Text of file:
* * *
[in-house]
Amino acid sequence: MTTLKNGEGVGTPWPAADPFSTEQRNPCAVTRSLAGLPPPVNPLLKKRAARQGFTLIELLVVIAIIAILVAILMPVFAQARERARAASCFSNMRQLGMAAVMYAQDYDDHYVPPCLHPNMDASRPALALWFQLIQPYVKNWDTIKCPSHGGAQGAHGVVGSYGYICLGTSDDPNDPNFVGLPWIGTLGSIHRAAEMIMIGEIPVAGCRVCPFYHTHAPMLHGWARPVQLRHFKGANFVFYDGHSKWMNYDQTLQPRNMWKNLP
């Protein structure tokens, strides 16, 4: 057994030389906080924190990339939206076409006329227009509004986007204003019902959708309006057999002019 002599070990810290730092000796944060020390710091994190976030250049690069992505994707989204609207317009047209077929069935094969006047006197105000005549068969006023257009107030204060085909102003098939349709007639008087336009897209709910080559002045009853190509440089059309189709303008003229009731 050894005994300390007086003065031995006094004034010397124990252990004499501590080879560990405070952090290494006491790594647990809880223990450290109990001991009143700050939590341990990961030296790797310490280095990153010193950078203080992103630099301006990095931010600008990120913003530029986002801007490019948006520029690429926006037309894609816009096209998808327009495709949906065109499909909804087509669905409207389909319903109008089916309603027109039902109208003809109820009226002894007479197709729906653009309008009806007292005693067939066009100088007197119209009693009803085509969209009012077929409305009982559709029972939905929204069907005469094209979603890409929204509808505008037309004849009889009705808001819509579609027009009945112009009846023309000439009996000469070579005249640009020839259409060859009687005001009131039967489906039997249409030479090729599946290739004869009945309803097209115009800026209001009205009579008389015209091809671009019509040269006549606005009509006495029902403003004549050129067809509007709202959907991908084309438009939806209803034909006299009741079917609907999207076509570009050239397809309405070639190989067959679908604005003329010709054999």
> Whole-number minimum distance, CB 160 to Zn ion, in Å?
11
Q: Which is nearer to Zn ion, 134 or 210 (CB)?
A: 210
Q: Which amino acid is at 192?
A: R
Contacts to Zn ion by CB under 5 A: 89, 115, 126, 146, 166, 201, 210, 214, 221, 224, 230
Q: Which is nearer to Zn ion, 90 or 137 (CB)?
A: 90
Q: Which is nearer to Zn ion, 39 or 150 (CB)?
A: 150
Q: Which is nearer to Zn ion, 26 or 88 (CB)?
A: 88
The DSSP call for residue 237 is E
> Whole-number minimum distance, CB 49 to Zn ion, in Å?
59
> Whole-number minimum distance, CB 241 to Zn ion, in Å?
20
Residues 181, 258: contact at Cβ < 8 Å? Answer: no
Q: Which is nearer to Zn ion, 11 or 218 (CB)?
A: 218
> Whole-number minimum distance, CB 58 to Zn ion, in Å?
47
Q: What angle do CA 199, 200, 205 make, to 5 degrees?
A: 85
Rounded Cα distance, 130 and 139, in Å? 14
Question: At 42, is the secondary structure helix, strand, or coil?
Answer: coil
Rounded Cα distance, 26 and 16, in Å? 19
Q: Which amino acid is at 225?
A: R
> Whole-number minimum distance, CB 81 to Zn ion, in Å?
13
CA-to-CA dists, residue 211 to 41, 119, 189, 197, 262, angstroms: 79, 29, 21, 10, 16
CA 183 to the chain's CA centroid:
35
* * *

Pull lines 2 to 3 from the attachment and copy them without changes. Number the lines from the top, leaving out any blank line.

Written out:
Amino acid sequence: MTTLKNGEGVGTPWPAADPFSTEQRNPCAVTRSLAGLPPPVNPLLKKRAARQGFTLIELLVVIAIIAILVAILMPVFAQARERARAASCFSNMRQLGMAAVMYAQDYDDHYVPPCLHPNMDASRPALALWFQLIQPYVKNWDTIKCPSHGGAQGAHGVVGSYGYICLGTSDDPNDPNFVGLPWIGTLGSIHRAAEMIMIGEIPVAGCRVCPFYHTHAPMLHGWARPVQLRHFKGANFVFYDGHSKWMNYDQTLQPRNMWKNLP
């Protein structure tokens, strides 16, 4: 057994030389906080924190990339939206076409006329227009509004986007204003019902959708309006057999002019 002599070990810290730092000796944060020390710091994190976030250049690069992505994707989204609207317009047209077929069935094969006047006197105000005549068969006023257009107030204060085909102003098939349709007639008087336009897209709910080559002045009853190509440089059309189709303008003229009731 050894005994300390007086003065031995006094004034010397124990252990004499501590080879560990405070952090290494006491790594647990809880223990450290109990001991009143700050939590341990990961030296790797310490280095990153010193950078203080992103630099301006990095931010600008990120913003530029986002801007490019948006520029690429926006037309894609816009096209998808327009495709949906065109499909909804087509669905409207389909319903109008089916309603027109039902109208003809109820009226002894007479197709729906653009309008009806007292005693067939066009100088007197119209009693009803085509969209009012077929409305009982559709029972939905929204069907005469094209979603890409929204509808505008037309004849009889009705808001819509579609027009009945112009009846023309000439009996000469070579005249640009020839259409060859009687005001009131039967489906039997249409030479090729599946290739004869009945309803097209115009800026209001009205009579008389015209091809671009019509040269006549606005009509006495029902403003004549050129067809509007709202959907991908084309438009939806209803034909006299009741079917609907999207076509570009050239397809309405070639190989067959679908604005003329010709054999």